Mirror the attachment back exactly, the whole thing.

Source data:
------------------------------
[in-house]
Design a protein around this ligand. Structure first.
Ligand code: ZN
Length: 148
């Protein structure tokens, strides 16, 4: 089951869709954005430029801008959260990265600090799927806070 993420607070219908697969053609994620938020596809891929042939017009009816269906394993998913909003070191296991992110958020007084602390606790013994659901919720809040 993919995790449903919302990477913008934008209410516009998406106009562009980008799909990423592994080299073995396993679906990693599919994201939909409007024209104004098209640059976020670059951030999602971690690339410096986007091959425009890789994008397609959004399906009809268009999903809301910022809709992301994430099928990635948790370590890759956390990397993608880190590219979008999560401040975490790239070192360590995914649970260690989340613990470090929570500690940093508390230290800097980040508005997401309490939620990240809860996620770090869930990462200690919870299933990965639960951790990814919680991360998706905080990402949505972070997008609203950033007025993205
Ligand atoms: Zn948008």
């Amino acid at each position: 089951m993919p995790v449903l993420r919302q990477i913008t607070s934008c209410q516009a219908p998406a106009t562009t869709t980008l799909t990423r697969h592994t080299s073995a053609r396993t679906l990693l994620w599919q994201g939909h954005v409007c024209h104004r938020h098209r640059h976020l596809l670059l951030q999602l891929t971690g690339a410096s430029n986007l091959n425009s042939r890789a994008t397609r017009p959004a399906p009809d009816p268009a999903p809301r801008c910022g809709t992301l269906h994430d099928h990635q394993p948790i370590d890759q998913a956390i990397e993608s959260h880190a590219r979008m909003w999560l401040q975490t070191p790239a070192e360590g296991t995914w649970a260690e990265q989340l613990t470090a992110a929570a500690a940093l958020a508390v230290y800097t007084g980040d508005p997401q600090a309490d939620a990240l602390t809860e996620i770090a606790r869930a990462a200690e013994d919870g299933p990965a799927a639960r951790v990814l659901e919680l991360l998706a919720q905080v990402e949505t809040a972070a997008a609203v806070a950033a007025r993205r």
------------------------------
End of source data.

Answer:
[in-house]
Design a protein around this ligand. Structure first.
Ligand code: ZN
Length: 148
């Protein structure tokens, strides 16, 4: 089951869709954005430029801008959260990265600090799927806070 993420607070219908697969053609994620938020596809891929042939017009009816269906394993998913909003070191296991992110958020007084602390606790013994659901919720809040 993919995790449903919302990477913008934008209410516009998406106009562009980008799909990423592994080299073995396993679906990693599919994201939909409007024209104004098209640059976020670059951030999602971690690339410096986007091959425009890789994008397609959004399906009809268009999903809301910022809709992301994430099928990635948790370590890759956390990397993608880190590219979008999560401040975490790239070192360590995914649970260690989340613990470090929570500690940093508390230290800097980040508005997401309490939620990240809860996620770090869930990462200690919870299933990965639960951790990814919680991360998706905080990402949505972070997008609203950033007025993205
Ligand atoms: Zn948008």
């Amino acid at each position: 089951m993919p995790v449903l993420r919302q990477i913008t607070s934008c209410q516009a219908p998406a106009t562009t869709t980008l799909t990423r697969h592994t080299s073995a053609r396993t679906l990693l994620w599919q994201g939909h954005v409007c024209h104004r938020h098209r640059h976020l596809l670059l951030q999602l891929t971690g690339a410096s430029n986007l091959n425009s042939r890789a994008t397609r017009p959004a399906p009809d009816p268009a999903p809301r801008c910022g809709t992301l269906h994430d099928h990635q394993p948790i370590d890759q998913a956390i990397e993608s959260h880190a590219r979008m909003w999560l401040q975490t070191p790239a070192e360590g296991t995914w649970a260690e990265q989340l613990t470090a992110a929570a500690a940093l958020a508390v230290y800097t007084g980040d508005p997401q600090a309490d939620a990240l602390t809860e996620i770090a606790r869930a990462a200690e013994d919870g299933p990965a799927a639960r951790v990814l659901e919680l991360l998706a919720q905080v990402e949505t809040a972070a997008a609203v806070a950033a007025r993205r």